Since our blog article last year "Mental Wellbeing Tips for business owners and employers" we have continued to see a steady stream of news articles and discussions about mental health in the workplace.
On the 28th May this year, the World Health Organisation (WHO) announced that ‘Burn-out’ would be officially identified in the International Classification of Diseases starting from January 2020. According to the WHO:
“Burn-out is a syndrome conceptualised as resulting from chronic workplace stress that has not been successfully managed.
"Burn-out is characterized by three different dimensions: 1. Feelings of energy depletion or exhaustion; 2. Increased mental distance from one’s job, or feelings of negativism or cynicism related to one's job; 3. Reduced professional efficacy.
"Burn-out refers specifically to phenomena in the occupational context and should not be applied to describe experiences in other areas of life.”
This announcement clearly indicates that we are now looking into much more depth about mental health, what causes it, how it affects us, and will inevitably prompt more investigation into how it can be managed.
Why our mental health is so important
If a classification of a mental health issue doesn’t convince you about the importance of understanding the difficulties that millions of people face each day as a result of poor mental health, then consider some of these eye-opening statistics...
World Mental Health Day (10th October) is a day for us to unite in our efforts to improve the mental health of people around the world - the theme selected for this year’s Day is suicide prevention;
Every 40 seconds, someone loses their life to suicide;
If you are an employer or a manager, take 40 seconds to formulate a positive message of support to your employees about resources available to them in the workplace or local community in times of mental distress.
Click the image to download a poster with suicide prevention advice from the WHO.
According to a recent Mental Health in the Workplace Report, it has been revealed that more than four in ten (42.4%) employees have suffered stress. When asked what the underlying causes of mental health issues in the workplace, the top three reported reasons were:
Increased workload (38.2%)
Financial concerns (17.9%)
Workplace bullying (9.5%)
As a manager, you may have employees who have experience mental health difficulties.
As soon as you notice that an employee is having difficulties, talk to them – early action can prevent them becoming more unwell. If the person does not want to speak to you, suggest they speak to someone else, like someone from occupational health of their GP.
Managers should concentrate on making reasonable adjustments at work, rather than understanding the diagnosis. If an employee goes off sick, lack of contact or involvement from their manager may mean they feel isolated, forgotten or unable to return. You can reduce the risk of them not returning to work by:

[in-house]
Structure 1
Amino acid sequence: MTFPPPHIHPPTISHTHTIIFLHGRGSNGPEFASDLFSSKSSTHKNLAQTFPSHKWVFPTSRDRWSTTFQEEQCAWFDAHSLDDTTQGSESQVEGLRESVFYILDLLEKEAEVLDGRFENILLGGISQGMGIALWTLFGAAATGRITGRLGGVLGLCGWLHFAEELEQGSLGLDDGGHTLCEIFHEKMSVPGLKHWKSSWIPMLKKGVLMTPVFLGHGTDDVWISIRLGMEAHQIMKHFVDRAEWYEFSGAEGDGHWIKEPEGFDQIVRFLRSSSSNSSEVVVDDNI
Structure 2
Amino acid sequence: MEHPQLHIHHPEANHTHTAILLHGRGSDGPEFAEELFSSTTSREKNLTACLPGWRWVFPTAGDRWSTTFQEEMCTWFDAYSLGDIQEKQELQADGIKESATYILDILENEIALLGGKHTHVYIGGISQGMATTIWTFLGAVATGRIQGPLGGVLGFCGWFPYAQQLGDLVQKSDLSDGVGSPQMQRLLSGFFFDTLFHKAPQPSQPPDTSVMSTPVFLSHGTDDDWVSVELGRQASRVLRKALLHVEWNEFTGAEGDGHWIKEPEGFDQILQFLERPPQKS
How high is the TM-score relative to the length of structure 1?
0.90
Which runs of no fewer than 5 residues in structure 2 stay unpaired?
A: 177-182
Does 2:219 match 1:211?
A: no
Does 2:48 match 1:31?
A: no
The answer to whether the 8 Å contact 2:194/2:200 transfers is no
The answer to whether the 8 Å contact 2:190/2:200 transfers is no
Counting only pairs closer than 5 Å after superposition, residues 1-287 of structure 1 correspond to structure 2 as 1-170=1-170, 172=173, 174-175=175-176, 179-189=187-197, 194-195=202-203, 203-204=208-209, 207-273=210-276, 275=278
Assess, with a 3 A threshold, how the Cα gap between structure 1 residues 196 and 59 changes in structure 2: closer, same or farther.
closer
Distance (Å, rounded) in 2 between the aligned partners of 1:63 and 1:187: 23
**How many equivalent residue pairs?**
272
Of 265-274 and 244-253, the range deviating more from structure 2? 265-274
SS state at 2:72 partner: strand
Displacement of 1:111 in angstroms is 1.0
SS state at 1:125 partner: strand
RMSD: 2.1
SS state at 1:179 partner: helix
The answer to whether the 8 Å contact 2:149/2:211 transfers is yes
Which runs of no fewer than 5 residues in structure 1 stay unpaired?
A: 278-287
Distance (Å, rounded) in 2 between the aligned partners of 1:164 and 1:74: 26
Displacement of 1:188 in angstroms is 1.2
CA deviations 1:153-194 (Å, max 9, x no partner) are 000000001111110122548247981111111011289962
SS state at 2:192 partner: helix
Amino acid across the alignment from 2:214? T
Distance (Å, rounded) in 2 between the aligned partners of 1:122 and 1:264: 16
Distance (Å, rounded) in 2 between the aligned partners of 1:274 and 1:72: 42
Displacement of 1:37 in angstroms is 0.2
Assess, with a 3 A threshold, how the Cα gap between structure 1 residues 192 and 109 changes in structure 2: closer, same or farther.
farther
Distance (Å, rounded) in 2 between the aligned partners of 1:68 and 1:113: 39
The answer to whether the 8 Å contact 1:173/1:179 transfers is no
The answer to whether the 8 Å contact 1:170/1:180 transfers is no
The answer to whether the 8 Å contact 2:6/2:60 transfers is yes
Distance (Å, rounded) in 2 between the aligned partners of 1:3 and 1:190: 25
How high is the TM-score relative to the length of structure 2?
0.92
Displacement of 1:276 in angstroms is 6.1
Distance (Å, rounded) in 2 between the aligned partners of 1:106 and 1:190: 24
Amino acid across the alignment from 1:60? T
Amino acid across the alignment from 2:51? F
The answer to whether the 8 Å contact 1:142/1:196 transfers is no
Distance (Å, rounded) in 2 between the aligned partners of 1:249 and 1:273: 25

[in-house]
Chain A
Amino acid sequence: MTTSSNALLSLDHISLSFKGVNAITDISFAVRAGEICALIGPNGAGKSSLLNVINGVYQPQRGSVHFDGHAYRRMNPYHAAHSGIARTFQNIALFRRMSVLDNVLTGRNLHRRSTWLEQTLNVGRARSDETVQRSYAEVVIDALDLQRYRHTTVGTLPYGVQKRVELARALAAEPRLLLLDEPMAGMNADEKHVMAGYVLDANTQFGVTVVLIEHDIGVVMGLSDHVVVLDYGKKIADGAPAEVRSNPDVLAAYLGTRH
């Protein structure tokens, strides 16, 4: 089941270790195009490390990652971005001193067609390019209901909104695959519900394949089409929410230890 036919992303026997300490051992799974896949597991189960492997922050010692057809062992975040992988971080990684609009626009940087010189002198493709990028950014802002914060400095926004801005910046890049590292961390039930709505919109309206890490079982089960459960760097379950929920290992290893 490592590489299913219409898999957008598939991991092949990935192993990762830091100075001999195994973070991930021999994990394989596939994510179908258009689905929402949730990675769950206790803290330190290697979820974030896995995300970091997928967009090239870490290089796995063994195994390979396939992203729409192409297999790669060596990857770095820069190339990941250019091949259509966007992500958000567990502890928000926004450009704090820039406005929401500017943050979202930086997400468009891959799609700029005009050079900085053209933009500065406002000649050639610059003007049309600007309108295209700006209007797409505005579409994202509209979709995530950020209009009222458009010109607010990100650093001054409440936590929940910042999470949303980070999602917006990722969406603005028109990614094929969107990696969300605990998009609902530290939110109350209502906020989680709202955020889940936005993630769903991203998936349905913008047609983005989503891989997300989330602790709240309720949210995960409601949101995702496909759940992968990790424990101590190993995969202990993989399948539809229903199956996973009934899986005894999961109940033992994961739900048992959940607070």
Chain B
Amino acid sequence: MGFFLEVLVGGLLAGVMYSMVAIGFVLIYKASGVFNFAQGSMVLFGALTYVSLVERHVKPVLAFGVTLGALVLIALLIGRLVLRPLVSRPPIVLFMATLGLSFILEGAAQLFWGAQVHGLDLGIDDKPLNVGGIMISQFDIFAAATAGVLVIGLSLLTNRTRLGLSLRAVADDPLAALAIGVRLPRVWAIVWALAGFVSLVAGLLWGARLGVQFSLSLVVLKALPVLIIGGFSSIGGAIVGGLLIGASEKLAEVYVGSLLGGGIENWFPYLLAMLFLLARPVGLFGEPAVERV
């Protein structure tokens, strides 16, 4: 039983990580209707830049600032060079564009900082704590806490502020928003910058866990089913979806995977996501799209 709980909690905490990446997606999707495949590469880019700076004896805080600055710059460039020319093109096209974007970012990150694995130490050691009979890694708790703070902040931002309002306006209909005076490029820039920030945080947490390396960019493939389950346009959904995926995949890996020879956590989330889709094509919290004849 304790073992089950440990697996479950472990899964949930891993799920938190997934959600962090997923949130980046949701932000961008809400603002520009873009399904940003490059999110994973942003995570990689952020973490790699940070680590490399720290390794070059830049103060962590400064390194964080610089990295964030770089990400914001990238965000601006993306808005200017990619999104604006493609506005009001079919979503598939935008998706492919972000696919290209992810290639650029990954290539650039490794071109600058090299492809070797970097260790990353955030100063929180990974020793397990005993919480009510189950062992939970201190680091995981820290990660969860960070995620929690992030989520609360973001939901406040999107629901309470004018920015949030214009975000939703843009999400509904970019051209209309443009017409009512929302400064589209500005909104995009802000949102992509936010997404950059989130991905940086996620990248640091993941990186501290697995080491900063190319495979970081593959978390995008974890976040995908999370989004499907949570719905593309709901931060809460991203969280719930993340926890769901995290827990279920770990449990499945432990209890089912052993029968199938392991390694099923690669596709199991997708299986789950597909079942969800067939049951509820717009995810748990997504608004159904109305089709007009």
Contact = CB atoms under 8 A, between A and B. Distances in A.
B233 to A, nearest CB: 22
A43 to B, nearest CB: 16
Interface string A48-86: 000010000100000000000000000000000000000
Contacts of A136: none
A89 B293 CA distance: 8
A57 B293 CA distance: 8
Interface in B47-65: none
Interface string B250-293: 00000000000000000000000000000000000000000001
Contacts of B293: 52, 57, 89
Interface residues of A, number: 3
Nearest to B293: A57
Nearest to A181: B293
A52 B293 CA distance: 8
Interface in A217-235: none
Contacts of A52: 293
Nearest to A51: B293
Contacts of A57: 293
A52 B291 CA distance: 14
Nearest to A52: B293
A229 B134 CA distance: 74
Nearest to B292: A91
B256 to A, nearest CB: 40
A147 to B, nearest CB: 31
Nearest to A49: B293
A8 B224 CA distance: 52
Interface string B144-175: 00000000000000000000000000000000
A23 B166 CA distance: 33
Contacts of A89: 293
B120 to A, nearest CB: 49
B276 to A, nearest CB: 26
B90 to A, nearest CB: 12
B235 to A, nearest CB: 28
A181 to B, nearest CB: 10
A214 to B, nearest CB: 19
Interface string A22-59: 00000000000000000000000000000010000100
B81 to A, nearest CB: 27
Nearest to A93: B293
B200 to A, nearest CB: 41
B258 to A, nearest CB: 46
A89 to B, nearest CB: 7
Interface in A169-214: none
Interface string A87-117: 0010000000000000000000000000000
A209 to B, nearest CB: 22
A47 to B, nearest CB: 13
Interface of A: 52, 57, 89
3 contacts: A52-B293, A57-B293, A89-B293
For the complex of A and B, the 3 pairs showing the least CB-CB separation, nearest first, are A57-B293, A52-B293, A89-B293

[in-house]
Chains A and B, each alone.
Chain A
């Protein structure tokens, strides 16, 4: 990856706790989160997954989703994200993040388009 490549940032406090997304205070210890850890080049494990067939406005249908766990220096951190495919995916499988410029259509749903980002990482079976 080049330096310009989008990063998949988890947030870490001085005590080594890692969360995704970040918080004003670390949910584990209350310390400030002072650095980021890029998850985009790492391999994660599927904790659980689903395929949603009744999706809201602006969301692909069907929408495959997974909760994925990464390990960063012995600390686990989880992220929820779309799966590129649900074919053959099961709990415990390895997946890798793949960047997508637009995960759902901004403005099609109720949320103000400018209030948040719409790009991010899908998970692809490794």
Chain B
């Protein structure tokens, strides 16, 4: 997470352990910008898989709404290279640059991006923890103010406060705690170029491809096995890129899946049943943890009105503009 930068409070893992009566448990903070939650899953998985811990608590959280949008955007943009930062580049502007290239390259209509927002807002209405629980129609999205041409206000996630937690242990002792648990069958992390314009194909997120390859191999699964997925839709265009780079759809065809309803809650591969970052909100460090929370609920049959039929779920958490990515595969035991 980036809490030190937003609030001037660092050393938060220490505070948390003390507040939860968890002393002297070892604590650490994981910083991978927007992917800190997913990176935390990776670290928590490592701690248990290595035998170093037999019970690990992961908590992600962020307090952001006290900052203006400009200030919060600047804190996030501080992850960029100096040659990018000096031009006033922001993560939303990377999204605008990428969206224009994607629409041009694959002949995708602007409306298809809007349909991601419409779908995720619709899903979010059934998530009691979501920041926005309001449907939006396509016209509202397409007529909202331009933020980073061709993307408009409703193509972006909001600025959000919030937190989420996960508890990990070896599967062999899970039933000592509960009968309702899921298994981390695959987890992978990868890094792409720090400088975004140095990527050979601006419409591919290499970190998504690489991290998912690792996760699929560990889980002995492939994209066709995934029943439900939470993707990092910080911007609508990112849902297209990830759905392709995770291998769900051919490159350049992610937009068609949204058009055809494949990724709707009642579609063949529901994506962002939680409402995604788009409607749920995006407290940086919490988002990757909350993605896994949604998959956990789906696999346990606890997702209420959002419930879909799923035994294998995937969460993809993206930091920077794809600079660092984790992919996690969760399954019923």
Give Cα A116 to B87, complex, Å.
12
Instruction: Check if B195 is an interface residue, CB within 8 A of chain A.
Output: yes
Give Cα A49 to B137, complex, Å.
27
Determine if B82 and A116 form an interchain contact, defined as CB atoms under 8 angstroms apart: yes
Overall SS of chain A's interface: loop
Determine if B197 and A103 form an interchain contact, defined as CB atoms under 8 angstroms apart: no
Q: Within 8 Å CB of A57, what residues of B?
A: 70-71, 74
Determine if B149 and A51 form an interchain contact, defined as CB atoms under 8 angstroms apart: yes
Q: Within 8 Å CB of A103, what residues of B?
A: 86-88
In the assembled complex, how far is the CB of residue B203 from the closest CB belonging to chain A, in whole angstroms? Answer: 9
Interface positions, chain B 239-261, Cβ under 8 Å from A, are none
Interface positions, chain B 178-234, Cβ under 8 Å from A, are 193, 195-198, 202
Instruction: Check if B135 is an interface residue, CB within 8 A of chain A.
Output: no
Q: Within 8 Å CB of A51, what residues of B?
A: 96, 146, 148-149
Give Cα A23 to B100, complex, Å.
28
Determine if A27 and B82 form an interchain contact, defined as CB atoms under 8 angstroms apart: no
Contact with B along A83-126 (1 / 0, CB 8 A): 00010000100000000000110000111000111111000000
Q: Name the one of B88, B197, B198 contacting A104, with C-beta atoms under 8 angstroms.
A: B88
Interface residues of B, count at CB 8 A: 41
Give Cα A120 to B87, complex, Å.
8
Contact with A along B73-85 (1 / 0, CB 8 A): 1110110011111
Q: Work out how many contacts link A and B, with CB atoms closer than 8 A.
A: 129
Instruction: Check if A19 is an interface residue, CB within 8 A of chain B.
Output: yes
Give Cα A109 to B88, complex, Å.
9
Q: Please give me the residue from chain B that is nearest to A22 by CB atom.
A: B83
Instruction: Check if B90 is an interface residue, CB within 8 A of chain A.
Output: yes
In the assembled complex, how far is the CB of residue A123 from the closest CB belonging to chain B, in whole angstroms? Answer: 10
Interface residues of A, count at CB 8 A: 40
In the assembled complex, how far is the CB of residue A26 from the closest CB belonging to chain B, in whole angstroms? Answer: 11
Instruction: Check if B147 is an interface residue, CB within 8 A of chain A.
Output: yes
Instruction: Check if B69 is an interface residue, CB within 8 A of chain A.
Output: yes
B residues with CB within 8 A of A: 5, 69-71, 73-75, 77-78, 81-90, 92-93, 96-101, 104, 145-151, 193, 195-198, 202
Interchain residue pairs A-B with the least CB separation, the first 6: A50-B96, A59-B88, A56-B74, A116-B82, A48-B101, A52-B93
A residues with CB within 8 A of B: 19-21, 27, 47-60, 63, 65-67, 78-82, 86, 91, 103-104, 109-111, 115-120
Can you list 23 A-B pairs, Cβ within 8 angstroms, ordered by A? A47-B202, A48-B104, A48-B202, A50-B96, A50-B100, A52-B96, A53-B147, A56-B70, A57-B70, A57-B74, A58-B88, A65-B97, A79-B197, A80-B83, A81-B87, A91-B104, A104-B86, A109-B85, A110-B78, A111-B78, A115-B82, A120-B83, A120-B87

Keeping them informed about what is going on, including social events;
Reassuring them early on and throughout their absence.
Mental ill health costs employers in the UK £30 billion every year
This is through lost production, recruitment and absence. Promoting positive mental health in your workplace can therefore be hugely beneficial. Staff with good mental health are more likely to perform well, have good attendance levels and be engaged in their work. Additionally, taking steps to better support the mental health of staff can help to reduce the severity, duration and quantity of mental ill health in the workplace.
Research from the mental health charity Mind confirms that a culture of fear and silence around mental health is costly to employers:
More than one in five (21%) agreed that they had called in sick to avoid work when asked how workplace stress had affected them
14% agreed that they had resigned and 42% had considered resigning when asked how workplace stress had affected them
30% of staff disagreed with the statement ‘I would feel able to talk openly with my line manager if I was feeling stressed’
56% of employers said they would like to do more to improve staff wellbeing but don't feel they have the right training or guidance
Tips for looking after your mental health at work
We can all take steps to improve our own mental health, try looking through the 10 steps below to improve mental health:
Talk about your feelings
Keep in touch
Ask for help
Take a break
Do something about it
Accept who you are
Care for others
Looking for more resources on mental health at work? We regularly add blogs and articles on this topic - find the latest ones here.
Would you and your team benefit from specific training to help manage mental health at work? Email us at firstname.lastname@example.org to find out more.
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